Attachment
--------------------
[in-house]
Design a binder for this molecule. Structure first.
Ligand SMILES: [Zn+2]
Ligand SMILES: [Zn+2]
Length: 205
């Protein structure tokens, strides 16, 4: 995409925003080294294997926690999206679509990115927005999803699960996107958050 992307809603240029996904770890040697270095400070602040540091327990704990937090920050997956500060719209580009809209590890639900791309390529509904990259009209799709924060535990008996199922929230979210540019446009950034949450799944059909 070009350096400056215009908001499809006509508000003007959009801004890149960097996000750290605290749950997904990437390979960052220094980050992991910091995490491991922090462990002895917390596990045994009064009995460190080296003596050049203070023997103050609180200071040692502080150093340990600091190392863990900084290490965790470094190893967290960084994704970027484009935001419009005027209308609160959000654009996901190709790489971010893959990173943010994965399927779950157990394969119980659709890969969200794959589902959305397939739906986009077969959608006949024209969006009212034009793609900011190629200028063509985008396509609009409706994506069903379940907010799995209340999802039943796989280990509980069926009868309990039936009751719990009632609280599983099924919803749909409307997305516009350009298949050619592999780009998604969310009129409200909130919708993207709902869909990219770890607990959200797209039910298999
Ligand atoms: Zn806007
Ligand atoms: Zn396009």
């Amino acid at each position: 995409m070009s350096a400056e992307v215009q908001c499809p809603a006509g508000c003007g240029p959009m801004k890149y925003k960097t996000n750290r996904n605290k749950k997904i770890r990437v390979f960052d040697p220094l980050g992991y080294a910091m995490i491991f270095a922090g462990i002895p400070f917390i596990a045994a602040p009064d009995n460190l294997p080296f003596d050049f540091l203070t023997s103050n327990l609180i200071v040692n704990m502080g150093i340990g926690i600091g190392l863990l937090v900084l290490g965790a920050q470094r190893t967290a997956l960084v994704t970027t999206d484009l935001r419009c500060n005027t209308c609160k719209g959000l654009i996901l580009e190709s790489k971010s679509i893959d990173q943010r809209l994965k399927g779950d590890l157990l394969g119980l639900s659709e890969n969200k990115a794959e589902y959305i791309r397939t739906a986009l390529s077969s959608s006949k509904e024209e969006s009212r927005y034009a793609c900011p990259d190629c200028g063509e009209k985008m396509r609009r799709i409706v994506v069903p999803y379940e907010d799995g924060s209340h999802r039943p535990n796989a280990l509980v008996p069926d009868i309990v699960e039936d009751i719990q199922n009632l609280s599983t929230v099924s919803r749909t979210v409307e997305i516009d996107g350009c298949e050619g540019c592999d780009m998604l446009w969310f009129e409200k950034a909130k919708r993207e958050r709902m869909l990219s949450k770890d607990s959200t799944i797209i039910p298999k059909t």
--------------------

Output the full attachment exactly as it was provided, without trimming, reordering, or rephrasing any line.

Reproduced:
[in-house]
Design a binder for this molecule. Structure first.
Ligand SMILES: [Zn+2]
Ligand SMILES: [Zn+2]
Length: 205
């Protein structure tokens, strides 16, 4: 995409925003080294294997926690999206679509990115927005999803699960996107958050 992307809603240029996904770890040697270095400070602040540091327990704990937090920050997956500060719209580009809209590890639900791309390529509904990259009209799709924060535990008996199922929230979210540019446009950034949450799944059909 070009350096400056215009908001499809006509508000003007959009801004890149960097996000750290605290749950997904990437390979960052220094980050992991910091995490491991922090462990002895917390596990045994009064009995460190080296003596050049203070023997103050609180200071040692502080150093340990600091190392863990900084290490965790470094190893967290960084994704970027484009935001419009005027209308609160959000654009996901190709790489971010893959990173943010994965399927779950157990394969119980659709890969969200794959589902959305397939739906986009077969959608006949024209969006009212034009793609900011190629200028063509985008396509609009409706994506069903379940907010799995209340999802039943796989280990509980069926009868309990039936009751719990009632609280599983099924919803749909409307997305516009350009298949050619592999780009998604969310009129409200909130919708993207709902869909990219770890607990959200797209039910298999
Ligand atoms: Zn806007
Ligand atoms: Zn396009």
């Amino acid at each position: 995409m070009s350096a400056e992307v215009q908001c499809p809603a006509g508000c003007g240029p959009m801004k890149y925003k960097t996000n750290r996904n605290k749950k997904i770890r990437v390979f960052d040697p220094l980050g992991y080294a910091m995490i491991f270095a922090g462990i002895p400070f917390i596990a045994a602040p009064d009995n460190l294997p080296f003596d050049f540091l203070t023997s103050n327990l609180i200071v040692n704990m502080g150093i340990g926690i600091g190392l863990l937090v900084l290490g965790a920050q470094r190893t967290a997956l960084v994704t970027t999206d484009l935001r419009c500060n005027t209308c609160k719209g959000l654009i996901l580009e190709s790489k971010s679509i893959d990173q943010r809209l994965k399927g779950d590890l157990l394969g119980l639900s659709e890969n969200k990115a794959e589902y959305i791309r397939t739906a986009l390529s077969s959608s006949k509904e024209e969006s009212r927005y034009a793609c900011p990259d190629c200028g063509e009209k985008m396509r609009r799709i409706v994506v069903p999803y379940e907010d799995g924060s209340h999802r039943p535990n796989a280990l509980v008996p069926d009868i309990v699960e039936d009751i719990q199922n009632l609280s599983t929230v099924s919803r749909t979210v409307e997305i516009d996107g350009c298949e050619g540019c592999d780009m998604l446009w969310f009129e409200k950034a909130k919708r993207e958050r709902m869909l990219s949450k770890d607990s959200t799944i797209i039910p298999k059909t």